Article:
House Cat Faces Down Mountain Lion, Doesn’t Care [Video]


Mountain Lion

Apparently between these two cats, one of them knows who’s boss around these parts.

Comedian Youtuber Tom Mabe, who gave us viral prank videos such as the Extreme Puppy Makeover and the Homeless Dog Rescue with Prank It FWD, brings us another vid where this time, it’s Mother Nature who seems to be pulling his leg.

lioncatThe video opens for us to witness a mountain lion trying to claw its way into their home in Louisville, Kentucky, through a glass panel. We see it snarling and perhaps trying to intimidate Mabe’s Himalayan cat — who simply does what cats do best and stare at its larger, wilder mountain cousin in abject fearless curiosity.

Sorry, Mountain Lion. At least you tried.

Mabe comments on and chuckles at the felines’ antics as he records them. We hear his wife asking: “where are the kids?”

“They’re out in the back.”

“Tommy! Are you kidding me?!”

“Sssh, you’ll scare the cat. They’re still in bed,” he quietly chuckles.

Soon, the mountain lion bores of the glass door and leaves. Their warier orange tabby creeps in beside the Himalayan and gingerly peers out as the large feline stalk away.

Seeing wildlife explore human’s backyards is part and parcel of living in a home close to forests and mountainsides. From fox kits discovering a trampoline to a possum hiding in a woman’s closet, these encounters can be pretty cute or funny. Be mindful, though, that no matter how cute that possum, fox, coyote, or bear might be, they’re still wild animals.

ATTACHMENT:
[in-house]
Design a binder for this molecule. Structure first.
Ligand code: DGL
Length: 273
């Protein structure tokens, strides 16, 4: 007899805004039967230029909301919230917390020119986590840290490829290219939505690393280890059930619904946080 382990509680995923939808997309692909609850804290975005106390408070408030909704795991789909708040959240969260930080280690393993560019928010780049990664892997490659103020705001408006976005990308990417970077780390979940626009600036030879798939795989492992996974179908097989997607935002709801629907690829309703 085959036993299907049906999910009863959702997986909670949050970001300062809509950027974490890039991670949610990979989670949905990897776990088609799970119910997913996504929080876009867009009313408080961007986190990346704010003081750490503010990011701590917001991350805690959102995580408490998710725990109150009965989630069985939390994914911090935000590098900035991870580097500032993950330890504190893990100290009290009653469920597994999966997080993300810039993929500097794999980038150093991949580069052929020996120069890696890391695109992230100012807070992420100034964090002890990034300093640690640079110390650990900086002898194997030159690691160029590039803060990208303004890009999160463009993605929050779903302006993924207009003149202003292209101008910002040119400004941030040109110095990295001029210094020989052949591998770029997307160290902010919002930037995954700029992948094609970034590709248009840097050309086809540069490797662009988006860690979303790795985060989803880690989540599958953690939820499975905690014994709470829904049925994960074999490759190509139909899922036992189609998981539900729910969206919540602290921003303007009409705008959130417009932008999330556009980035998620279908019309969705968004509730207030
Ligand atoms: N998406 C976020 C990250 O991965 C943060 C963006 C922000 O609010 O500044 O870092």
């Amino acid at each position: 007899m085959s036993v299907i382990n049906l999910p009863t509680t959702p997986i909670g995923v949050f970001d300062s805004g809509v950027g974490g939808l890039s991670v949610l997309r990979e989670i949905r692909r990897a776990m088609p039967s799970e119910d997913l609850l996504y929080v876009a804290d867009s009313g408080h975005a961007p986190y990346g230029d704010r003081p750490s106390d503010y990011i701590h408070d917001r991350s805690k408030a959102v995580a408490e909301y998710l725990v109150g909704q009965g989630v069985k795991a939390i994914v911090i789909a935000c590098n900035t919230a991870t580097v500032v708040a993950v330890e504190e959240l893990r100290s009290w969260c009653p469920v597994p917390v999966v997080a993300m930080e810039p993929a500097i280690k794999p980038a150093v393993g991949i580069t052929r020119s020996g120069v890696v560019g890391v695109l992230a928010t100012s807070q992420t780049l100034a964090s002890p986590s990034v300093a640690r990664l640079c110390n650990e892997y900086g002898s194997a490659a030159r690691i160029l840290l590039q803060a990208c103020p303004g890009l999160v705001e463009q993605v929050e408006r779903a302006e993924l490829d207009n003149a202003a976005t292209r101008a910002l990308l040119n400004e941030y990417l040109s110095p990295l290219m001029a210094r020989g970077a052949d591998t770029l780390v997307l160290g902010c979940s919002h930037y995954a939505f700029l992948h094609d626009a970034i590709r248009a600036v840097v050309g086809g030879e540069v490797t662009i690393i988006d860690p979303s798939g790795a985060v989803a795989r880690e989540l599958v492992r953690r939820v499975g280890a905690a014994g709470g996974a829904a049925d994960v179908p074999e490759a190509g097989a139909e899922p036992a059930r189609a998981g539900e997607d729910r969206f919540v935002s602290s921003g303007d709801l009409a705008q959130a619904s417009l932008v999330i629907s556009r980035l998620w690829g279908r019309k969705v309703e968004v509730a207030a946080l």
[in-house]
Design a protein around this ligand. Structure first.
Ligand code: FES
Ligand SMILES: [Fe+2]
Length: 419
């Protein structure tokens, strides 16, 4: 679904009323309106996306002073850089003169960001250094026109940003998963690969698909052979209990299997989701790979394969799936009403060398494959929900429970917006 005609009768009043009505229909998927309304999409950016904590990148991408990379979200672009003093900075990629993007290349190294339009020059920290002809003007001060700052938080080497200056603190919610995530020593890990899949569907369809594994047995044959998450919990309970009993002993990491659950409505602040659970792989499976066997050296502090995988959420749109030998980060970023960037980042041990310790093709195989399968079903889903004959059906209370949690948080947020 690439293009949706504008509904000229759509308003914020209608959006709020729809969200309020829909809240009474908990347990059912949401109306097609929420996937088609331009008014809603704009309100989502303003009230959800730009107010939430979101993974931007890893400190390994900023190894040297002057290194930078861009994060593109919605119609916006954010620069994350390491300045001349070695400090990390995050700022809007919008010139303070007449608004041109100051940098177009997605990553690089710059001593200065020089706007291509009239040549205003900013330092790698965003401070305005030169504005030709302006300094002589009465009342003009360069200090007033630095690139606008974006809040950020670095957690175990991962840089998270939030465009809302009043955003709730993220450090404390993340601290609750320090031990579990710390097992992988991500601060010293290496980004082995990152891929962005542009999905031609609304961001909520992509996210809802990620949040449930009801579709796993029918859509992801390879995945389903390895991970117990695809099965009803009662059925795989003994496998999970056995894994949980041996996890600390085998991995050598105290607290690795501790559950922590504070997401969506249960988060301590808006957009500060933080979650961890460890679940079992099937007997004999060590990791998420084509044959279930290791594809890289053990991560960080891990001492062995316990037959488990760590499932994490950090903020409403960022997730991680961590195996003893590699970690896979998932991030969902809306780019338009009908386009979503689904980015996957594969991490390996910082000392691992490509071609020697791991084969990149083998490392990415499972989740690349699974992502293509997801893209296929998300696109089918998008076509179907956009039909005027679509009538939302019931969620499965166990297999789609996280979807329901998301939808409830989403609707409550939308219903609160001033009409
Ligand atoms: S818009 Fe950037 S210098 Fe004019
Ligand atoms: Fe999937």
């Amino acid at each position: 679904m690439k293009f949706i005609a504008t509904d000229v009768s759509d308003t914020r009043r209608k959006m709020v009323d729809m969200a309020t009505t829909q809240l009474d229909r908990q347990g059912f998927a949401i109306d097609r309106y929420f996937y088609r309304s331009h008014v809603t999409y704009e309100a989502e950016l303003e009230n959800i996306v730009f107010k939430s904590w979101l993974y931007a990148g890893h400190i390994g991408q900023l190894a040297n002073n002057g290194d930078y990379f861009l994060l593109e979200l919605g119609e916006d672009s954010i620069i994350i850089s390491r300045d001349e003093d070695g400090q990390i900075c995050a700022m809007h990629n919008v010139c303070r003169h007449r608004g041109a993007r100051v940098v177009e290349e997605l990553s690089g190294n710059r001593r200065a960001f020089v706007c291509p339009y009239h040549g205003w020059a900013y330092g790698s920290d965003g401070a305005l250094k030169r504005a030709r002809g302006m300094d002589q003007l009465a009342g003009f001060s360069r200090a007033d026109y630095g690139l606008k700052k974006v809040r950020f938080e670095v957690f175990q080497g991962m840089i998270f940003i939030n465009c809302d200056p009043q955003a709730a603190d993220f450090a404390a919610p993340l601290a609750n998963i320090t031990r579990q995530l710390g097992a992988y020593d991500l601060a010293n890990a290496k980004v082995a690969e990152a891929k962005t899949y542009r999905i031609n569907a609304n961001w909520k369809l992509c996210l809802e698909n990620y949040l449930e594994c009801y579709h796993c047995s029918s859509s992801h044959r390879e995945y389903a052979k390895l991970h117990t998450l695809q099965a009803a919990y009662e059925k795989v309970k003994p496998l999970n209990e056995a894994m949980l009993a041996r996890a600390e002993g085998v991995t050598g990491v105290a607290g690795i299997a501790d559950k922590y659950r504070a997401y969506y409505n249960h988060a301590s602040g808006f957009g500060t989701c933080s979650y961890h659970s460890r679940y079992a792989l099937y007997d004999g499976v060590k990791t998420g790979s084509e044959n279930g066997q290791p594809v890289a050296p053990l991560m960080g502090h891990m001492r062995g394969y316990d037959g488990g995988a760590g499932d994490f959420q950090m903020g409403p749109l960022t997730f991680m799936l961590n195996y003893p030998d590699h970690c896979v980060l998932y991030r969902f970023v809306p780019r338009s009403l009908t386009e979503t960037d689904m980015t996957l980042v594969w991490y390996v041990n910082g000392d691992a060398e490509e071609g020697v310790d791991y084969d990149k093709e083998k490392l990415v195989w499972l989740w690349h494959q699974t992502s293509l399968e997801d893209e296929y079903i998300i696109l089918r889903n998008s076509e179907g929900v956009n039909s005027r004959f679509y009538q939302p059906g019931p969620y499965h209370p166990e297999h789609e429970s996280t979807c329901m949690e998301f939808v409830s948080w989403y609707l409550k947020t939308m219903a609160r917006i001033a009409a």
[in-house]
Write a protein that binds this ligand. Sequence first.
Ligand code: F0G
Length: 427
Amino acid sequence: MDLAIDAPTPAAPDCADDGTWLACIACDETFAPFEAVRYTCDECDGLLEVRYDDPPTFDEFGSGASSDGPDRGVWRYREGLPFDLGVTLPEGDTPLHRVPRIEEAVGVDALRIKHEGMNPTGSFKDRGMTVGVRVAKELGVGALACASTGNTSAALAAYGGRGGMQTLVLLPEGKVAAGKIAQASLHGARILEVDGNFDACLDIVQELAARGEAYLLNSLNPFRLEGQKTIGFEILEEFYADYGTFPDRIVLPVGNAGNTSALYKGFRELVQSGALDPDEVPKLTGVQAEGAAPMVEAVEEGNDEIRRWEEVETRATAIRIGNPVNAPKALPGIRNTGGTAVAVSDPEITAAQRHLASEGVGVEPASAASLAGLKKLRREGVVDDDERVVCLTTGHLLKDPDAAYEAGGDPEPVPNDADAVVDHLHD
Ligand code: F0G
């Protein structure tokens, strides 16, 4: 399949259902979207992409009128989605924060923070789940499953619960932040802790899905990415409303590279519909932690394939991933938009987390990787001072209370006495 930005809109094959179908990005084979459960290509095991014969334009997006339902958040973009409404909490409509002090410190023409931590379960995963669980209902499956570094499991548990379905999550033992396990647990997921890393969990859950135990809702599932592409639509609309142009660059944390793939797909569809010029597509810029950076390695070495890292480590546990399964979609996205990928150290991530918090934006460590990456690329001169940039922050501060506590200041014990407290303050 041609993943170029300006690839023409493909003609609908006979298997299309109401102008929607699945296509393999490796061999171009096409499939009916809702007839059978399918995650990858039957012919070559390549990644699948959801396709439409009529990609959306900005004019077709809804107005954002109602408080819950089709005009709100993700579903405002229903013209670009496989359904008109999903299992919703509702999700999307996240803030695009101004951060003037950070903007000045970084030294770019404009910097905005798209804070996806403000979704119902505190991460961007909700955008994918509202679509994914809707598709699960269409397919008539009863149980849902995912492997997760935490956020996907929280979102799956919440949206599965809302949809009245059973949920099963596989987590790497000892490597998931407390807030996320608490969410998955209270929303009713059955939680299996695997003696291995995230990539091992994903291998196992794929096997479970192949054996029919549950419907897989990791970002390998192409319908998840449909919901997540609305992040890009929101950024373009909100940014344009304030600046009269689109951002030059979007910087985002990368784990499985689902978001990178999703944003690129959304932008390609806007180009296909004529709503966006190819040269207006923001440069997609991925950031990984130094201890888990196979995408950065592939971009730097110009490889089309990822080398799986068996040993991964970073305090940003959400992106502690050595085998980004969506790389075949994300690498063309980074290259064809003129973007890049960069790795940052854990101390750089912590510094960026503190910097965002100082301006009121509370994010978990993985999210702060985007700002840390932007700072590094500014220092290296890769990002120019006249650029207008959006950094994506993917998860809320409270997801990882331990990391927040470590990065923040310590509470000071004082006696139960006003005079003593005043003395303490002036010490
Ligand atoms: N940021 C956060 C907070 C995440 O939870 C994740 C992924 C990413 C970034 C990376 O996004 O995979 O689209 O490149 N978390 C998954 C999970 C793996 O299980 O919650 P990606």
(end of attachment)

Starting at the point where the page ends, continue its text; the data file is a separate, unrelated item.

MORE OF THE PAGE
Why do they wander into human territory, anyway? Experts say that that it’s not so much that they’ve wandered into ours as it is we’ve taken over theirs. True enough, too: the roads built around their territory may end up confusing them and fencing them in, or they may even risk becoming roadkill just to get to the other side, searching for food, water, space, or potential new mates. the residential areas developed into mountainsides do the same thing to their prowling grounds, and being curious creatures, they explore these unfamiliar territories, searching for potential food or shelter.

Protecting your kids from potentail danger is wise, though using the situation to educate them is even wiser. Here are 6 steps you can use to help kids better understand and help wild life in their backyard.

Watch the video here:

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Jonette

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